By Bethany Blankley, includes “Eight of Texas’ largest cities are in the red, and one – Plano – ranks ninth-best for its financial health, according to a recent study. In its fifth annual Financial State of the Cities report, the Chicago-based nonprofit Truth in Accounting analyzed fiscal year 2019 annual financial reports of the 75 largest cities in the U.S.”
By Robert Montoya, includes “… Truth in Accounting found all 75 cities have balanced budget requirements, but that doesn’t necessarily mean they have balanced budgets… It goes on to list ‘accounting tricks’ used to give the appearance a budget is balanced, such as ‘inflating revenue assumptions, counting borrowed money as income, understating the true costs of government, and delaying the payment of current bills until the start of the next fiscal year so they aren’t included in the calculations.’ …”
Despite “historic declines,” state lawmakers will have more money to work with in the upcoming legislative session than Comptroller Glenn Hegar expected over the summer, he said Monday. But Hegar did not outline specifics as state coffers continue to suffer from the economic recession spurred by the coronavirus pandemic.
When public corruption by government officials is alleged, everyone typically rushes to partisan corners in defense of their allies and to chastise opponents.
In fiscal year 2019, the principal amount owed by cities, counties, school districts, and special districts totaled $240 billion. That’s enough government debt to send a $8,220 bill to every man, woman, and child in Texas or saddle a family of four with $32,880.
The 2020 Financial State of the States report surveys the fiscal health of the 50 states prior to the coronavirus pandemic. This data is released today by Truth in Accounting (TIA), a think tank that analyzes government financial reporting.
San Marcos’ total debt equals $4,994 for every man, woman, and child who lives in San Marcos as of August 2018 and not one resident spoke at the first public hearing for the upcoming budget.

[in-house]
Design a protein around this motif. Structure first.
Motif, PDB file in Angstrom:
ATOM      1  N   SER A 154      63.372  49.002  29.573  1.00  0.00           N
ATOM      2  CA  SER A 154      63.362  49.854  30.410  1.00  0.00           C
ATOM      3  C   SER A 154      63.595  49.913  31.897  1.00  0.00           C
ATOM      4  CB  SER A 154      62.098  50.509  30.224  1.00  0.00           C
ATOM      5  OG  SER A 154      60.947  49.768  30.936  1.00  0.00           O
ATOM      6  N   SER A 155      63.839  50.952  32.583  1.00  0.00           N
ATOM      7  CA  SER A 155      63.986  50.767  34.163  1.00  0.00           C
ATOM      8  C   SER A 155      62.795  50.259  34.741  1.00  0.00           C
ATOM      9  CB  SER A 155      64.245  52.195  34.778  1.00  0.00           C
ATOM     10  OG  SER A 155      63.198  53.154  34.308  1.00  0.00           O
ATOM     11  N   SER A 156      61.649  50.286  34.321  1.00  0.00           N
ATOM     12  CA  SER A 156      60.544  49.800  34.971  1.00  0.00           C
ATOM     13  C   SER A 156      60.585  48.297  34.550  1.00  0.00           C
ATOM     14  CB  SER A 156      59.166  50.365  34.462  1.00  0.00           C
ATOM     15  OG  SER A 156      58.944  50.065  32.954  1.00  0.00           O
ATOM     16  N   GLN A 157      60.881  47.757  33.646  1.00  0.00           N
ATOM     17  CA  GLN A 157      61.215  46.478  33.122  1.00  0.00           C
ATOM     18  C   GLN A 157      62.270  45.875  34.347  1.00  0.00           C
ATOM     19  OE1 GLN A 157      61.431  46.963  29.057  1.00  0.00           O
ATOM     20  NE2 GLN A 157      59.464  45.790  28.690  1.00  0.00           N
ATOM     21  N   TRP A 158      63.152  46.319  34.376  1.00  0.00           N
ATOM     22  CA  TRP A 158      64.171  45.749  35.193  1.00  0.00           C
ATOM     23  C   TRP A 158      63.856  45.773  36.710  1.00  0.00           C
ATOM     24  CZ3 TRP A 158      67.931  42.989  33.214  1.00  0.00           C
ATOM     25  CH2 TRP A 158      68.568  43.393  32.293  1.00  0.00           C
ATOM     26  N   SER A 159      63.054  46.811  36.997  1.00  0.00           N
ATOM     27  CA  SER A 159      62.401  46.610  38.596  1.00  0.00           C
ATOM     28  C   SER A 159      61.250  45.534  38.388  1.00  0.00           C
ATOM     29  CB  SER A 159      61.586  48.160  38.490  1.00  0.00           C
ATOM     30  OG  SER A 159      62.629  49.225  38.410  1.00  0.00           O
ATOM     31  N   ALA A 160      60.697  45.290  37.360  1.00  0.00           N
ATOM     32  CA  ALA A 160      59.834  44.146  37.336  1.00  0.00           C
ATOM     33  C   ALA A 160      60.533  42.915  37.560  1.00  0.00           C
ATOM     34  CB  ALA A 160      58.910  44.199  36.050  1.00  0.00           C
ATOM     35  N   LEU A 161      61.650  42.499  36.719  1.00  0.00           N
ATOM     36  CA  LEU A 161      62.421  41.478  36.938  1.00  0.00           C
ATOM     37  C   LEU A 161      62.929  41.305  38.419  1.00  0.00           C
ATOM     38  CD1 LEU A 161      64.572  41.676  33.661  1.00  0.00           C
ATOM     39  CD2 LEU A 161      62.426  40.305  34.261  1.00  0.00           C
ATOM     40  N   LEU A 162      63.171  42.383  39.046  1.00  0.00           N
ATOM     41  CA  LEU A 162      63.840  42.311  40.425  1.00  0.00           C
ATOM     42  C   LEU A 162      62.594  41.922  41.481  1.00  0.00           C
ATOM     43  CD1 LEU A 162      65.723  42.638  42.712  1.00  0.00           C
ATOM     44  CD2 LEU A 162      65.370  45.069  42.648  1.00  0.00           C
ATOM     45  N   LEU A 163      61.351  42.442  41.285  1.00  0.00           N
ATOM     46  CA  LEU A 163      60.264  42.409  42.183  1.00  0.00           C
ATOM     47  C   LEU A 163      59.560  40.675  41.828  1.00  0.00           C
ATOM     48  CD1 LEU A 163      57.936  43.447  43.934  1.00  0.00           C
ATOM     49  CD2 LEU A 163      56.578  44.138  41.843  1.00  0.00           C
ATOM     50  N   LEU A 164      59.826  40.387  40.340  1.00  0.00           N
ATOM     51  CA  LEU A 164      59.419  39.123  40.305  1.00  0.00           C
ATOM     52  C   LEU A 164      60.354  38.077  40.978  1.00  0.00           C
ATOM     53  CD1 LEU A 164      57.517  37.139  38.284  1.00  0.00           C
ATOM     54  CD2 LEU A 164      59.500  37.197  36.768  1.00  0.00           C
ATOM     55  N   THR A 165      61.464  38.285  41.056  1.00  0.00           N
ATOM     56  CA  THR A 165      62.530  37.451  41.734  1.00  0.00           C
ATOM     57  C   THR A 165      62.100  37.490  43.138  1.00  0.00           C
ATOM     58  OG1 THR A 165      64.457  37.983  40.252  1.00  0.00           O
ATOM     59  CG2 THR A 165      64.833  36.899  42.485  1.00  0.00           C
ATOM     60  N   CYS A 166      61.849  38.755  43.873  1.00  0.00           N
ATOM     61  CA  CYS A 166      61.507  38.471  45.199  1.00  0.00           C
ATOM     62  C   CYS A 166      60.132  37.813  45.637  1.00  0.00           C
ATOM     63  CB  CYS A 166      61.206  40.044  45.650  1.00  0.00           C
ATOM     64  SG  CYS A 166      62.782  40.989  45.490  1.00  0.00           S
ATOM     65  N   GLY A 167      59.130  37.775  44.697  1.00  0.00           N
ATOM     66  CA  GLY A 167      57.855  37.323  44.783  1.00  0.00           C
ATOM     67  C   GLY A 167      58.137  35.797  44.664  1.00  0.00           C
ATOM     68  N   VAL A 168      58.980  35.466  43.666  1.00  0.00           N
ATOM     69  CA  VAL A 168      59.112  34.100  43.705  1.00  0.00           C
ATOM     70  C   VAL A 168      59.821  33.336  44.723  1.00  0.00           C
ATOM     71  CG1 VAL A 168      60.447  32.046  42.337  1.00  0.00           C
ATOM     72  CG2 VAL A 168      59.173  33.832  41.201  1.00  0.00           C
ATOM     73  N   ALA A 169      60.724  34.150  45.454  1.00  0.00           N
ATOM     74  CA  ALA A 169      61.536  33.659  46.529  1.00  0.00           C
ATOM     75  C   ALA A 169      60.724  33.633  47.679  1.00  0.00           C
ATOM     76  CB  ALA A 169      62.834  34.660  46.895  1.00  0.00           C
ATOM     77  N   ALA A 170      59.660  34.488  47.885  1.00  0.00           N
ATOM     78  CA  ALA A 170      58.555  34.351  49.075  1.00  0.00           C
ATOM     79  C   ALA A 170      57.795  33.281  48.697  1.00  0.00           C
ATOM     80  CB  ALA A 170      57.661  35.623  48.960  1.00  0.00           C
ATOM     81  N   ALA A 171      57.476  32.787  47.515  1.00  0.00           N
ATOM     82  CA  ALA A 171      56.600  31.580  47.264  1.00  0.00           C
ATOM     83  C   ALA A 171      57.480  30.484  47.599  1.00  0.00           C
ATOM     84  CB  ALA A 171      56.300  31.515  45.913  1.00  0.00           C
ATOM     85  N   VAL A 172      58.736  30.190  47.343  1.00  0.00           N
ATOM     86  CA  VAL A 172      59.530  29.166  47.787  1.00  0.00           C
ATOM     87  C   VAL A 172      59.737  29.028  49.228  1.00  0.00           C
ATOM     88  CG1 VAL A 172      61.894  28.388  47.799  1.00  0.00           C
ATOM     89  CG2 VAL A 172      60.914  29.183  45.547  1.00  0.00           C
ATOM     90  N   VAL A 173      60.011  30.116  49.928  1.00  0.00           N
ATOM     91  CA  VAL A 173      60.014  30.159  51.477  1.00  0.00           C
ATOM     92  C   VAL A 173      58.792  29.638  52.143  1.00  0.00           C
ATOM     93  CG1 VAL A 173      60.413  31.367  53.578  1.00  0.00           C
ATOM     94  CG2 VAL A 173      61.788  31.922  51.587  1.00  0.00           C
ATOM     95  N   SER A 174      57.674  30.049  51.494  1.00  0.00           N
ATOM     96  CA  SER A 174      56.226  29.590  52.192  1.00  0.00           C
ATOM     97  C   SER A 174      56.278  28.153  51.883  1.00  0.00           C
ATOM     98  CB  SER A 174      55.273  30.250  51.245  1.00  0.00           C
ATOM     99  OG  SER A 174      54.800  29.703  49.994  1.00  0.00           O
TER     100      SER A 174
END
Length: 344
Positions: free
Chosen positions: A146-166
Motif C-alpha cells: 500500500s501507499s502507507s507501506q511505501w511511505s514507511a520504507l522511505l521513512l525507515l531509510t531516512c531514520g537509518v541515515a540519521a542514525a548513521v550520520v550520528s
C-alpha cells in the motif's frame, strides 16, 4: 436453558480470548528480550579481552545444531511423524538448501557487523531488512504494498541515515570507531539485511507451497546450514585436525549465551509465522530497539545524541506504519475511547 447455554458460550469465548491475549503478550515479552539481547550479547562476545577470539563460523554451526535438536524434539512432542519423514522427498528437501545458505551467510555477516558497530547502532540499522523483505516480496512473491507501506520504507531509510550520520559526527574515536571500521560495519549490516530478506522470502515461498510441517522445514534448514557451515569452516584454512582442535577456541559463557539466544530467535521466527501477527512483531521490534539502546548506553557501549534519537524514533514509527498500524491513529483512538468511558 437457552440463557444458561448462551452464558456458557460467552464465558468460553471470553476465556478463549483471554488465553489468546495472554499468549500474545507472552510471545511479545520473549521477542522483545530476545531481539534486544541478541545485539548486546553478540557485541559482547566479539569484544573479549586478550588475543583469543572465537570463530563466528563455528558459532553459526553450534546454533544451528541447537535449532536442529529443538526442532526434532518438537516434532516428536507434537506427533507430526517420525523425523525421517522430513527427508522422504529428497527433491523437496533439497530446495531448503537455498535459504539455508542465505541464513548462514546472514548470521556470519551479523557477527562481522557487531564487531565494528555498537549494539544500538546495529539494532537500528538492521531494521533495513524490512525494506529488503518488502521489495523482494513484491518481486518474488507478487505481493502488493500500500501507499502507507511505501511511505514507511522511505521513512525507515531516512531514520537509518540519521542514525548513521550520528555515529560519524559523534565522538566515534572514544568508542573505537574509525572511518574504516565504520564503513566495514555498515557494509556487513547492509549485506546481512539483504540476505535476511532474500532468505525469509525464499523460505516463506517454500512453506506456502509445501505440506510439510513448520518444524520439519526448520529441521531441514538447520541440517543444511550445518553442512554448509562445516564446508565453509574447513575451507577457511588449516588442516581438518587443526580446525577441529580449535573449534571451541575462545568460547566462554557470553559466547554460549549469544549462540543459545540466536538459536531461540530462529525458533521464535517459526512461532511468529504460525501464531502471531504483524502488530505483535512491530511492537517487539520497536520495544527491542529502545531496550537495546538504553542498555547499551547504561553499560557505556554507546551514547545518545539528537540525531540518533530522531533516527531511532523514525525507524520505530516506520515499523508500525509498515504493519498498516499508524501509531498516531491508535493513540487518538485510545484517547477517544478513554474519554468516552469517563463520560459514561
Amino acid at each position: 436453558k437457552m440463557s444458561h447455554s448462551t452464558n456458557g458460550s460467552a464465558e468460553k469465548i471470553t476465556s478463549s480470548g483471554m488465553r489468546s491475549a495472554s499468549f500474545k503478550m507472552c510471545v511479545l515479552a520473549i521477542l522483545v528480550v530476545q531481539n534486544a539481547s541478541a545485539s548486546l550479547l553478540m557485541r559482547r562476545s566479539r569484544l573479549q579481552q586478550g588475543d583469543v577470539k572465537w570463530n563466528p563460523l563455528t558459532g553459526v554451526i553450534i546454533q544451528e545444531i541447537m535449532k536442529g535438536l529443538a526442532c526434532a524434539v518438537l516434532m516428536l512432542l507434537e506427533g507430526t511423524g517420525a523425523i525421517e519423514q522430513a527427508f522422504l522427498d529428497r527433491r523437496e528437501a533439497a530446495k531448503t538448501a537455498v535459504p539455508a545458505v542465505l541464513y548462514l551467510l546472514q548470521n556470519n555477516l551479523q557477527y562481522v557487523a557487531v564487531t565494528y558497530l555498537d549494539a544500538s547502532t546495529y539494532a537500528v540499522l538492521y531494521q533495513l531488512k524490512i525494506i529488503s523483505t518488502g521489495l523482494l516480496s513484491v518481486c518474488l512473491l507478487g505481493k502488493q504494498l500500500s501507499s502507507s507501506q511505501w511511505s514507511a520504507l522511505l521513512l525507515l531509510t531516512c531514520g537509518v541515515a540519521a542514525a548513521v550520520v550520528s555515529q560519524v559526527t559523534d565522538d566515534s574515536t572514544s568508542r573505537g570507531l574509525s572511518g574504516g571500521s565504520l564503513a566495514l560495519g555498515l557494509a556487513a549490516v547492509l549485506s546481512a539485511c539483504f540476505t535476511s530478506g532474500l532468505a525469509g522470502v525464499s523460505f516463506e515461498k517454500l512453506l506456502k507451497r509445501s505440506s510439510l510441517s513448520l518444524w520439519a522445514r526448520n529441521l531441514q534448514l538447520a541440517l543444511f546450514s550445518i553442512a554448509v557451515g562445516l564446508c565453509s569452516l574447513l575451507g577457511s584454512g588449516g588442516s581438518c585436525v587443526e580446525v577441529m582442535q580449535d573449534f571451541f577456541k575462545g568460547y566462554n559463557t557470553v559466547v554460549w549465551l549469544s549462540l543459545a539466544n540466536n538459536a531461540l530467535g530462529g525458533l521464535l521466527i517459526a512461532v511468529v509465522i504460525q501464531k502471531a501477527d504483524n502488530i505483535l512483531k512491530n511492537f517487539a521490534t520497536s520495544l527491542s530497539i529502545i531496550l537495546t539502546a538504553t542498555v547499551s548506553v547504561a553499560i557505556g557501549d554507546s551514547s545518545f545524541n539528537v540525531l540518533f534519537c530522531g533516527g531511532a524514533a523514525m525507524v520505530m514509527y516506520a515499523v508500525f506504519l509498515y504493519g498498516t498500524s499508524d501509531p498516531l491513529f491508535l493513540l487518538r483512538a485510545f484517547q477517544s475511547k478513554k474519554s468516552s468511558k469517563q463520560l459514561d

Everything is bigger in Texas—including the supersized salaries of its city managers, school superintendents, state staffers, and other public servants.
It will be a miracle if Texas Comptroller Glenn Hegar and his team of financial prognosticators are right about the arc of the state’s economy over the next few months.
On July 2nd, Texas Governor Greg Abbott issued an executive order mandating the wearing of face masks across the state, whether indoors or outdoors, when six feet cannot be maintained between people. In the governor’s decree, he cited a rise in Covid cases, a rise in test positivity, and a rise in hospitalizations as justification to force people to cover their faces in public.
How large could the shortfall in state government general revenues be, amidst the coronavirus and related crises?
In her long and futile search for why she lost the 2016 election, former Democratic presidential nominee Hillary Clinton did manage to find some solace in the areas she carried against President Donald Trump.
Gov. Greg Abbott on Wednesday ordered Texas state agencies, public universities and other top officials to come up with ways to cut their budgets by 5% in the current biennium.
When Kathy Whitmire ran for Houston mayor in 1981, helicopters were among the top sources of municipal strife. Residents of the Memorial neighborhood were irate over the daily noise of west Houston businesspeople who opted to fly over the gridlocked freeways for their morning commutes.
It is not surprising an Illinois politician finally put in writing what economists and financial watchdogs have been warning for years: That elected officials who failed to take seriously decades of fiscal warning bells in this state eventually would seek a bailout from the federal government.
Early in every economic crisis, the people in charge turn to their financial folks to ask whether things are as bad as they seem. Answering a question like that is tricky business.
Are you a socialist if you don’t want families to get blown up in gas well explosions? Is it socialism to try to get your city to live within its means?
Plano, Texas, ranks fifth-best in the 4th annual "Financial State of the Cities” report published by the nonprofit financial watchdog Truth in Accounting (TIA).
Texans, who already don’t pay a statewide income tax, voted Tuesday to make it even more difficult for state leaders to ever impose the tax on them in the future.
A national watchdog group says that the State of Texas’ finances are continuing to deteriorate, as shown by recent statistics on relative debt burden among U.S. states.